Using LLMs

Accessing LLMs

(Run this example in Google Colab here)

Prompting is the process of providing a partial, usually text, input to a model. As we discussed in the last chapter, models will then use their parameterized data transformations to find a probable completion or output that matches the prompt.

To run any prompt through a model, we need to set a foundation for how we will access generative AI models and perform inference. There is a huge variety in the landscape of generative AI models in terms of size, access patterns, licensing, etc. However, a common theme is the usage of LLMs through a REST API, which is either:

  • Provided by a third party service (OpenAI, Anthropic, Cohere, etc.)
  • Self-hosted in your own infrastructure or in an account you control with a model hosting provider (Replicate, Baseten, etc.)
  • Self-hosted using a DIY model serving API (Flask, FastAPI, etc.)

We will use Prediction Guard to call open access LLMs (like Mistral, Llama 2, WizardCoder, etc.) via a standardized OpenAI-like API. This will allow us to explore the full range of LLMs available. Further, it will illustrate how companies can access a wide range of models (outside of the GPT family).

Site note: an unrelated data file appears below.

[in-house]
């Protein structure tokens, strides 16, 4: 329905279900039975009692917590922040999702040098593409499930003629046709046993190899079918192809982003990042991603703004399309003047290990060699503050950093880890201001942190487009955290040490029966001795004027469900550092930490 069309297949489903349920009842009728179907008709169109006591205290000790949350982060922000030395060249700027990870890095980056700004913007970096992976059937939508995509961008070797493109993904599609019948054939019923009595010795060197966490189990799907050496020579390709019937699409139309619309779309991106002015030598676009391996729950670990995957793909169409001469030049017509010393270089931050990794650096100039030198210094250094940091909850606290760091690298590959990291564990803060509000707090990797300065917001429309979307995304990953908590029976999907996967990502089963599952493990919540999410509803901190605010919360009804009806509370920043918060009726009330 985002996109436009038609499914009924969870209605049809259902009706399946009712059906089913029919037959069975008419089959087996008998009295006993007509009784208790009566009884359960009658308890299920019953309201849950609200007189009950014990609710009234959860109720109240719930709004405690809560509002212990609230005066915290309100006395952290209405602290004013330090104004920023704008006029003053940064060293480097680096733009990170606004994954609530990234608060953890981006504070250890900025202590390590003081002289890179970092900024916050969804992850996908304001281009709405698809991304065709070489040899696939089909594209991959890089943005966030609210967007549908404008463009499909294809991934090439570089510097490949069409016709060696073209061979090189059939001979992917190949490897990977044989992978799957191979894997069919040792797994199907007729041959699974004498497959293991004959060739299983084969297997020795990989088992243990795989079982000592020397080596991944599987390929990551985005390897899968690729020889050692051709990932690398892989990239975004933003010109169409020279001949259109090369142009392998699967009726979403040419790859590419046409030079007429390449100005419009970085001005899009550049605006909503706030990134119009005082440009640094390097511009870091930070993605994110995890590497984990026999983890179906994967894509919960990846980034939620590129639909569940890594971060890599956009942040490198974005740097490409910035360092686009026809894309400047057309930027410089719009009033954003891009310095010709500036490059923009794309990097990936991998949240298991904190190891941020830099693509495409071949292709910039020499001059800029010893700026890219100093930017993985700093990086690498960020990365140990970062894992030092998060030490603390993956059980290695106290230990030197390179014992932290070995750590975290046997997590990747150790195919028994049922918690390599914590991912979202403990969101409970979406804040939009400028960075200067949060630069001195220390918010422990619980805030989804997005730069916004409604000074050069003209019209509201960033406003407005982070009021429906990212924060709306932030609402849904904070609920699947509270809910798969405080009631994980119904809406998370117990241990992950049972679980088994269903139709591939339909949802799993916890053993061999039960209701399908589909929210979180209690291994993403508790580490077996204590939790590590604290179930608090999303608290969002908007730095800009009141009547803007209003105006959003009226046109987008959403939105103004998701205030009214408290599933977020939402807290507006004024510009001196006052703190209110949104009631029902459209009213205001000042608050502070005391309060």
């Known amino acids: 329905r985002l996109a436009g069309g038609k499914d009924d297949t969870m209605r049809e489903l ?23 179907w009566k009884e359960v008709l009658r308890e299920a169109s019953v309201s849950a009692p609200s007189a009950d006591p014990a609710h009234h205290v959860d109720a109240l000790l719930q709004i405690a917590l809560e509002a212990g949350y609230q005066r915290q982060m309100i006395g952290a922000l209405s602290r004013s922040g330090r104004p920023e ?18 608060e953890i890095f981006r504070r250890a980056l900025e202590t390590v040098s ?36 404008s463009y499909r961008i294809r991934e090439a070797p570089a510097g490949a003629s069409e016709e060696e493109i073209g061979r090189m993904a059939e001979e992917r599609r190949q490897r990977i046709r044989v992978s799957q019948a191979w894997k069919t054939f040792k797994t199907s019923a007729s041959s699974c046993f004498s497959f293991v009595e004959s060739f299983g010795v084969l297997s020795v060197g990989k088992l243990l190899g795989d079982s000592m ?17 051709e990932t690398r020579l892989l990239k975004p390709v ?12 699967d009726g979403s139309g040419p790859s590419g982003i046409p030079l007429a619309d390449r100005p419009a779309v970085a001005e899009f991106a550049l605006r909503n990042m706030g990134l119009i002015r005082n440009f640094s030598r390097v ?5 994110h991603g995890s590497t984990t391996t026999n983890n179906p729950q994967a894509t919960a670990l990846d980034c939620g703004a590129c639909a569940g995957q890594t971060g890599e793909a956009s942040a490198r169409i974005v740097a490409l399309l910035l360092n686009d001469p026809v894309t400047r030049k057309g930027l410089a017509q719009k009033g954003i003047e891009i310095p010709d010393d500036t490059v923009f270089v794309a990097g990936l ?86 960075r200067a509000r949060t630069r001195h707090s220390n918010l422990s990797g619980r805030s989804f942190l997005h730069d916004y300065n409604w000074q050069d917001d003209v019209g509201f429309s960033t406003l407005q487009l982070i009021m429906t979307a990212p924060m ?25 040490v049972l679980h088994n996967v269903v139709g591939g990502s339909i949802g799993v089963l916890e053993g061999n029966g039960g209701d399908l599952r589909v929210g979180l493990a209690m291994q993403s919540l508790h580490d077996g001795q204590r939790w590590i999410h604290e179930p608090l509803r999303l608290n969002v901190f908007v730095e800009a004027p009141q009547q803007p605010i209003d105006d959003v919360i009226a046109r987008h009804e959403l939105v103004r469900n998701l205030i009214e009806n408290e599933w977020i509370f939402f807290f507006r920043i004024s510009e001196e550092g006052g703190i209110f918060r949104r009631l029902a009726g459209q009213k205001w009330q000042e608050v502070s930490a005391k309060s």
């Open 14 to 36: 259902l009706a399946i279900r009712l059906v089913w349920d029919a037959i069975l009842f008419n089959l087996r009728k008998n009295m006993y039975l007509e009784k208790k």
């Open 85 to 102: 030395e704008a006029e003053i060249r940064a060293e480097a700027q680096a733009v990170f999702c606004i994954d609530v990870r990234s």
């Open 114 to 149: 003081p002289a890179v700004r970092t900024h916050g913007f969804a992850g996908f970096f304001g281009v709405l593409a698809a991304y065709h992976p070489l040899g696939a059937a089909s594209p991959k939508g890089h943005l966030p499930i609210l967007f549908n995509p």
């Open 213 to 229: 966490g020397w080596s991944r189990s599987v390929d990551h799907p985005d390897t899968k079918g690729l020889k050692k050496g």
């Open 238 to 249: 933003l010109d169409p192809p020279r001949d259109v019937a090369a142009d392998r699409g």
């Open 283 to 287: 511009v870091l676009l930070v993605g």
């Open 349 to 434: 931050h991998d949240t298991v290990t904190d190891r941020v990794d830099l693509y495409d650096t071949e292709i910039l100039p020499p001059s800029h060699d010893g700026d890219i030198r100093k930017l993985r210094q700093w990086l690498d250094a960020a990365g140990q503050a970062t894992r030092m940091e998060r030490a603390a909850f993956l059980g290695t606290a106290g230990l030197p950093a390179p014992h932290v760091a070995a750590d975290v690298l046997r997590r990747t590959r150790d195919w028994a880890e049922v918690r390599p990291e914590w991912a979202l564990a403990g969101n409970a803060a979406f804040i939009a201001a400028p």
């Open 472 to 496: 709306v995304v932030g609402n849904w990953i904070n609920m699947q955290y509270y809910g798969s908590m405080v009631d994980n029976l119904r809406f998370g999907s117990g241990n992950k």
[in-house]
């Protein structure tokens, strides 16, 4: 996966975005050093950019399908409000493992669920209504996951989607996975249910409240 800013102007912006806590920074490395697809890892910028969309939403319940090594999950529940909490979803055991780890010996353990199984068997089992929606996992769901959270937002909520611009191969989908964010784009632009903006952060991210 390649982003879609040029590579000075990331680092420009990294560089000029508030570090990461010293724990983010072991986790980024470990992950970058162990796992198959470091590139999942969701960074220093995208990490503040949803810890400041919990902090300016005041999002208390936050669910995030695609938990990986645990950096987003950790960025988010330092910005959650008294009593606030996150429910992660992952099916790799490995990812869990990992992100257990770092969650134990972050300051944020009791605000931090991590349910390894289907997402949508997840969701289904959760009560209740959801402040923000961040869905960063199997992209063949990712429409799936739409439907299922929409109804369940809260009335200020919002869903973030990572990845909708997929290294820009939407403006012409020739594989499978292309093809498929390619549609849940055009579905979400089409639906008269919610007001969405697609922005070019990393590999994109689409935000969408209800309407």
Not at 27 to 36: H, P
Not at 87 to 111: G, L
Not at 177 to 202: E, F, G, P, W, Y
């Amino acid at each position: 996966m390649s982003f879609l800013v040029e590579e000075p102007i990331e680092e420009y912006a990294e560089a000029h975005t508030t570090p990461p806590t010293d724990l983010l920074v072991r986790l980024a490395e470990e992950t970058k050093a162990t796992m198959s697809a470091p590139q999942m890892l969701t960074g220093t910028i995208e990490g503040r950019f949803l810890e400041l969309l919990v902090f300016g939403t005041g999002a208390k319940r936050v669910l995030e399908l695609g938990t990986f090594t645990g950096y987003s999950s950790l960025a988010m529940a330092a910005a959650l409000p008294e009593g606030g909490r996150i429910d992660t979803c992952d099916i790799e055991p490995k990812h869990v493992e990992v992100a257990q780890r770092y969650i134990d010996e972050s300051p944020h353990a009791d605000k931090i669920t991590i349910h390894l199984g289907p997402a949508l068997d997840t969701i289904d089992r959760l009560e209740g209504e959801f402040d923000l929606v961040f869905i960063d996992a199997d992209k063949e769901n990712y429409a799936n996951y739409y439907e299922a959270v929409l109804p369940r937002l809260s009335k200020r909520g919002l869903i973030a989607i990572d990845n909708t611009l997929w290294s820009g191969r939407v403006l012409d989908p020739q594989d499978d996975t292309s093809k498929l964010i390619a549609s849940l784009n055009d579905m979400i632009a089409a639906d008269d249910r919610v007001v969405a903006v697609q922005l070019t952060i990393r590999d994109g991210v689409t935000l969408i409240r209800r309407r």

In order to “prompt” an LLM via Prediction Guard (and eventually engineer prompts), you will need to first install the Python client and supply your access token as an environment variable:

$$ pip install predictionguard
1import os
3import predictionguard as pg
6os.environ['PREDICTIONGUARD_TOKEN'] = "<your access token>"

You can find out more about the models available via the Prediction Guard API in the docs, and you can list out the model names via this command:


Generating text with one of these models is then just single request for a “Completion” (note, we also support chat completions). Here we will call the Notus-7B model and try to have it autocomplete a joke.

1response = pg.Completion.create(model="Neural-Chat-7B",
2 prompt="The best joke I know is: ")
5 response,
6 sort_keys=True,
7 indent=4,
8 separators=(',', ': ')

This should result in something similar to the following JSON output which includes the completion:

2 "choices": [
3 {
4 "index": 0,
5 "model": "Neural-Chat-7B",
6 "status": "success",
7 "text": "2 guys walk into a bar. A third guy walks out.\n\nThe best joke I know is: A man walks into a bar and orders a drink. The bartender says, \"Sorry, we don't serve time travelers here.\"\n\nThe best joke I know is: A man walks into a bar and orders a drink. The bartender says, \"Sorry, we don't serve time travelers here.\" The man says, \"I'm not"
8 }
9 ],
10 "created": 1701787998,
11 "id": "cmpl-fFqvj8ySZVHFkZFfFIf0rxzGQ3XSC",
12 "object": "text_completion"

The actual text completion is included in response['choices'][0]['text'].